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Title: Passive gamma-ray emission for soil-disturbance detection
Authors: Clausen, Jay L.
Sobecki, Terrance M.
Coplin, Alexis L.
Melendy, Terry D.
Arnold, Troy W.
Keywords: Gamma ray detectors
Gamma ray spectrometry
Gamma rays--Measurement
Radioactive substances in soils
Soil compaction
Soils--Electric properties
Soils--Environmental aspects
Publisher: United States. Army. Corps of Engineers.
Engineer Research and Development Center (U.S.)
Cold Regions Research and Engineering Laboratory (U.S.)
Series/Report no.: ERDC/CRREL ; TR-16-10
Abstract: Abstract: Human–terrain interactions, such as trafficking and excavation, cause changes to soil bulk density and porosity via compaction or mechanical bulking. The degree of compaction, as measured by bulk density, is a physical indicator of changing patterns of human–terrain interaction. Because soil radionuclide activity is a function of the mass content of the radionuclide and the volume of soil, the spectral signature of the naturally occurring soil radioisotope Potassium-40 (40K) should be sensitive to changes in the soil bulk density and reflect the soil’s disturbance history. If natural variations from geology and soil texture are systematic and predictable, one could map spatiotemporal bulk-density changes relative to some standard state as a metric of terrain disturbance. However, the natural variation in soil 40K content is unknown and may confound density determinations via radionuclide activity measurements. This study used a handheld sodium iodide gamma-ray detector to collect in situ gamma-ray spectra of four soils as a function of their potassium content, bulk density, texture, and water content. A statistically significant difference between the 40K activity of uncompacted and compacted soil suggests that in situ 40K gamma-ray emissions from soils are a sensor modality useful for soil-disturbance detection.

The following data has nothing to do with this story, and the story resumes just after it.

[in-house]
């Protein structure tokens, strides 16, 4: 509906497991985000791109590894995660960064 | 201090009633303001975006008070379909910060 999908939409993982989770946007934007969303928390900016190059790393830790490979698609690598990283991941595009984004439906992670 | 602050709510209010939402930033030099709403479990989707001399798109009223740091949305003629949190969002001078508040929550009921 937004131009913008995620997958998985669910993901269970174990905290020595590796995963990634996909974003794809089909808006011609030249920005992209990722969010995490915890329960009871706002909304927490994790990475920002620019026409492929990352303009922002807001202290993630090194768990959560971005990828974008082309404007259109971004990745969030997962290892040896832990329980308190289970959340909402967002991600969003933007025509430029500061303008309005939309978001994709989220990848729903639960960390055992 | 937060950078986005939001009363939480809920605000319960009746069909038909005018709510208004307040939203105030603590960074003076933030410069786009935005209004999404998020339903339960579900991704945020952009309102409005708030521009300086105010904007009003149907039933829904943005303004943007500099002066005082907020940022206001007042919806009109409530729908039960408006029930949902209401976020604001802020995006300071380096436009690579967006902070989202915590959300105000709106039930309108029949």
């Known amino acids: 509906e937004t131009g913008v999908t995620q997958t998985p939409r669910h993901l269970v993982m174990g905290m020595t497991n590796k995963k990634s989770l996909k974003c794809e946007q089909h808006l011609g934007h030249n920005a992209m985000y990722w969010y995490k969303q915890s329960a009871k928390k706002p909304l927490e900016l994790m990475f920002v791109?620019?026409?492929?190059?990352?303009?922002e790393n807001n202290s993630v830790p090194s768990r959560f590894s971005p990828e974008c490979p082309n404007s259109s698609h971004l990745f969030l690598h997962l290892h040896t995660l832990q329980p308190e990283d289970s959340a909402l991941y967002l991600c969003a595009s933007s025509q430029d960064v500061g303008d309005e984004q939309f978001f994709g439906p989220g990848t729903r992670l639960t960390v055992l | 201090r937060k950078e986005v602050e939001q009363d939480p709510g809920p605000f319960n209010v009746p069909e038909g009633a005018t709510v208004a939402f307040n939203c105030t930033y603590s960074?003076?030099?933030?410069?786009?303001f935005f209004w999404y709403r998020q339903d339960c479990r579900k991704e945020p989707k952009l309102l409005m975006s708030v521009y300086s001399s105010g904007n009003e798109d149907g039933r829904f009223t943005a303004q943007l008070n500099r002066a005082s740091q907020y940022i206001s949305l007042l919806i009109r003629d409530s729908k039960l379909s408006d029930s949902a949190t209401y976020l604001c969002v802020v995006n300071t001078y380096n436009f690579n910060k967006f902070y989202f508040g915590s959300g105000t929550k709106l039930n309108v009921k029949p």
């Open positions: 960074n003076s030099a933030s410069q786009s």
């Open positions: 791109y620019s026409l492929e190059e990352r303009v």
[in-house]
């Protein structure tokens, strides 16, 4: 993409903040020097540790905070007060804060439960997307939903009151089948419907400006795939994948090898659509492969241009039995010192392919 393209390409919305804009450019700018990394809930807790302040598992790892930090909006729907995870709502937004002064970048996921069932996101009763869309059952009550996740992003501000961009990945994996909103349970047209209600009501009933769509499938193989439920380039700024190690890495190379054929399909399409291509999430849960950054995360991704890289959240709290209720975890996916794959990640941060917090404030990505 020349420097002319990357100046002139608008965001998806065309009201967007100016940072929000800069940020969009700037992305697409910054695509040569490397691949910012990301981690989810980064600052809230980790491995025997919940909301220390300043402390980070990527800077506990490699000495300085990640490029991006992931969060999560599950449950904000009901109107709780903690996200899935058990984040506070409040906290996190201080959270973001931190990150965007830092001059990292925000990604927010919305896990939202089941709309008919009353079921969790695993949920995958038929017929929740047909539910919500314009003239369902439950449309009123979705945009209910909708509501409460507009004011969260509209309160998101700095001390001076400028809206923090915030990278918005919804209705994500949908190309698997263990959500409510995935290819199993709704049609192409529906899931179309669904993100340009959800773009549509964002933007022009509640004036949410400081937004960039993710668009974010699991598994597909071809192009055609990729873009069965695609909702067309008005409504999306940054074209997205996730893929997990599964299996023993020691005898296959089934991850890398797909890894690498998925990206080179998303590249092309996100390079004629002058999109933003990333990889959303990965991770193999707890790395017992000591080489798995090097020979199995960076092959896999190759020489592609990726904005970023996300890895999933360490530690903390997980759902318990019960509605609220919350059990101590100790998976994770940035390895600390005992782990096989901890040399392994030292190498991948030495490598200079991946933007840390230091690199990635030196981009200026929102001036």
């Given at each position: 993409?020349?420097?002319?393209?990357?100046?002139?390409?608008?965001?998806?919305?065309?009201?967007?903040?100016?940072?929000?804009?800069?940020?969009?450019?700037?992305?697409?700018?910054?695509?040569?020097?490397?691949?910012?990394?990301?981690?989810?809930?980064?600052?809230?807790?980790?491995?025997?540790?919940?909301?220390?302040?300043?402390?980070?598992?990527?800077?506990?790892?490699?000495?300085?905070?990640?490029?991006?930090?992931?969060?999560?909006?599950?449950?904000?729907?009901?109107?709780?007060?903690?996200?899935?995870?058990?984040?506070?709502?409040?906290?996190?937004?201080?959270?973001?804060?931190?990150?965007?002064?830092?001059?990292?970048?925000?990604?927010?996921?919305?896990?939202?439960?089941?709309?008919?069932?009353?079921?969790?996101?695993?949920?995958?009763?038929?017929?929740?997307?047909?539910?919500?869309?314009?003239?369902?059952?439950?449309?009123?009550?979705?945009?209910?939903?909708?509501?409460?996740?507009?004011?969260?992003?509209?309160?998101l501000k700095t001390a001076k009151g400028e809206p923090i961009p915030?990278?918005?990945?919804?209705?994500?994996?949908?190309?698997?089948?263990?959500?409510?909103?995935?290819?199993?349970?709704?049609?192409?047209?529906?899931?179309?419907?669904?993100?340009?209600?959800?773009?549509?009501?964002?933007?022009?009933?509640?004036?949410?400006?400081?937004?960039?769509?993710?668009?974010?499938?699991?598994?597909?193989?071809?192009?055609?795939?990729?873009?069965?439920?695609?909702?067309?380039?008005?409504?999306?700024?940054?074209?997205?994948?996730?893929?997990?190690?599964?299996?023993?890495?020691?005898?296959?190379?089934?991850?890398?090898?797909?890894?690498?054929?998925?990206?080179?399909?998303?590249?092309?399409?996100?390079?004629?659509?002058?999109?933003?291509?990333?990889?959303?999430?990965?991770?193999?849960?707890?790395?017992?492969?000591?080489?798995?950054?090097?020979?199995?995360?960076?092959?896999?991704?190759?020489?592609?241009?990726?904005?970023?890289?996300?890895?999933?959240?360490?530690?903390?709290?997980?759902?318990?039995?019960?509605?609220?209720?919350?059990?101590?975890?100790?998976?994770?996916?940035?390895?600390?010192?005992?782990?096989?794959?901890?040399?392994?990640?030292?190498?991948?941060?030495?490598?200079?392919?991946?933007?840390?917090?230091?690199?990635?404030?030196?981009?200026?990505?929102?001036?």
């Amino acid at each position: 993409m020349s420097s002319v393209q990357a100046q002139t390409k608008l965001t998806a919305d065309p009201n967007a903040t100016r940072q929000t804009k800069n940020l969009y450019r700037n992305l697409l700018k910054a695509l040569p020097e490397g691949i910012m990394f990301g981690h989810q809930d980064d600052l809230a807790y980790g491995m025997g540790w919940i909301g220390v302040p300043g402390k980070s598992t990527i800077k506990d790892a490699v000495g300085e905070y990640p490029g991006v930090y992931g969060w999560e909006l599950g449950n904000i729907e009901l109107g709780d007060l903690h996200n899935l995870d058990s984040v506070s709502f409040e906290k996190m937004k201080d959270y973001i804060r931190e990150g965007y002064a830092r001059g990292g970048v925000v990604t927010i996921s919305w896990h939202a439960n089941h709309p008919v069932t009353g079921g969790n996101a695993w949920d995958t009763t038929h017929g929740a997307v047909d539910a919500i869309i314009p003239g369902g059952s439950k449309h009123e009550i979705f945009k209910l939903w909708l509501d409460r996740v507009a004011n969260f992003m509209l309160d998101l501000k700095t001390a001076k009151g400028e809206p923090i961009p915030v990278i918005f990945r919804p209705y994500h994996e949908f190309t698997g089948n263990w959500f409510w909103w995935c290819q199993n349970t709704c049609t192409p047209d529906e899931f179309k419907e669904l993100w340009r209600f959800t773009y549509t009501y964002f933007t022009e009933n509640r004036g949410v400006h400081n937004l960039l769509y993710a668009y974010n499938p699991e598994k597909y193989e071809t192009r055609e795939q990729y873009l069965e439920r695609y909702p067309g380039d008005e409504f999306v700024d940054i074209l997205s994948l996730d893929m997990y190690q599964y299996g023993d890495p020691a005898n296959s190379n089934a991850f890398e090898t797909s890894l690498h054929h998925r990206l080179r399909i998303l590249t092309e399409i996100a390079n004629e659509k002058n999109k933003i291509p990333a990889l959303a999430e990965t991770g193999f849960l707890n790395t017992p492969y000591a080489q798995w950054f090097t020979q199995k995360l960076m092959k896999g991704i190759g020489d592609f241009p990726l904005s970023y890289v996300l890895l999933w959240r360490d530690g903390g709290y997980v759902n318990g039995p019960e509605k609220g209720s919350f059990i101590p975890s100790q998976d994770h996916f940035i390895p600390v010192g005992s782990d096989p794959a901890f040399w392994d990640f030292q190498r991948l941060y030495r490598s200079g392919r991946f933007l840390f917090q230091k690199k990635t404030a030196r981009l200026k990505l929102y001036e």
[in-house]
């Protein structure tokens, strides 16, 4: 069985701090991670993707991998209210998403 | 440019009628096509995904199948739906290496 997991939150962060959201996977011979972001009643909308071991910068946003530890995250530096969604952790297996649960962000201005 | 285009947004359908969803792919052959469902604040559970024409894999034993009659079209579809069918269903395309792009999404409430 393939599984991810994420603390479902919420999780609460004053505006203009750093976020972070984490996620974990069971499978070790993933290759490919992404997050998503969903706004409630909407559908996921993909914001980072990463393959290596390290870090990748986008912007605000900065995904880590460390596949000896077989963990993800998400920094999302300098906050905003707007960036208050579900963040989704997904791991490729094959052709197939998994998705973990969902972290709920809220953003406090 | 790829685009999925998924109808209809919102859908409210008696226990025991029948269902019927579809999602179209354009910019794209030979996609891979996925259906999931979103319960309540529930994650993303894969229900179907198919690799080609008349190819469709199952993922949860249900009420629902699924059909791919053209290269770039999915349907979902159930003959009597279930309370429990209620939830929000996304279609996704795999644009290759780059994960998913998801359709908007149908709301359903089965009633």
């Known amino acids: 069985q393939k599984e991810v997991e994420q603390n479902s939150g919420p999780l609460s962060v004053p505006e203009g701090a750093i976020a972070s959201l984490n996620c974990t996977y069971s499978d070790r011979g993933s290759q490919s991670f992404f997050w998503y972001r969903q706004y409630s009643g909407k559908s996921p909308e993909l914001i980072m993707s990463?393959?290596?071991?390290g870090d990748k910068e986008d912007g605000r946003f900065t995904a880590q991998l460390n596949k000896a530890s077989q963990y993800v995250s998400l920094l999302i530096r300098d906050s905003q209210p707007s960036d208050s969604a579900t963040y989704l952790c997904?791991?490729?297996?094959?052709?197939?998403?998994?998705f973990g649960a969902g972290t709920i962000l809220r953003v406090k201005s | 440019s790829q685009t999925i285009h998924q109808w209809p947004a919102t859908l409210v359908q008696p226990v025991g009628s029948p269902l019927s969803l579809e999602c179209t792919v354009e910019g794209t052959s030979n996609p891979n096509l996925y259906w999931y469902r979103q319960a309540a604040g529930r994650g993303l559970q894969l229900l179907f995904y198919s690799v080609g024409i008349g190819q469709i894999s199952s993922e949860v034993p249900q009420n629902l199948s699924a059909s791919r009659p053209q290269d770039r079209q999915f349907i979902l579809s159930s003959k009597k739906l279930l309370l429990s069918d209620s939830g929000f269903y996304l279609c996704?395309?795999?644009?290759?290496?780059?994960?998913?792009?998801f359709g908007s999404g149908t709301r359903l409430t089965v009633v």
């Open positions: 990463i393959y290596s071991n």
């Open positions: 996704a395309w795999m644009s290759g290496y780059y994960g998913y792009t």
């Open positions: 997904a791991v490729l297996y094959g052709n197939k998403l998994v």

Appears in Collections:Technical Report

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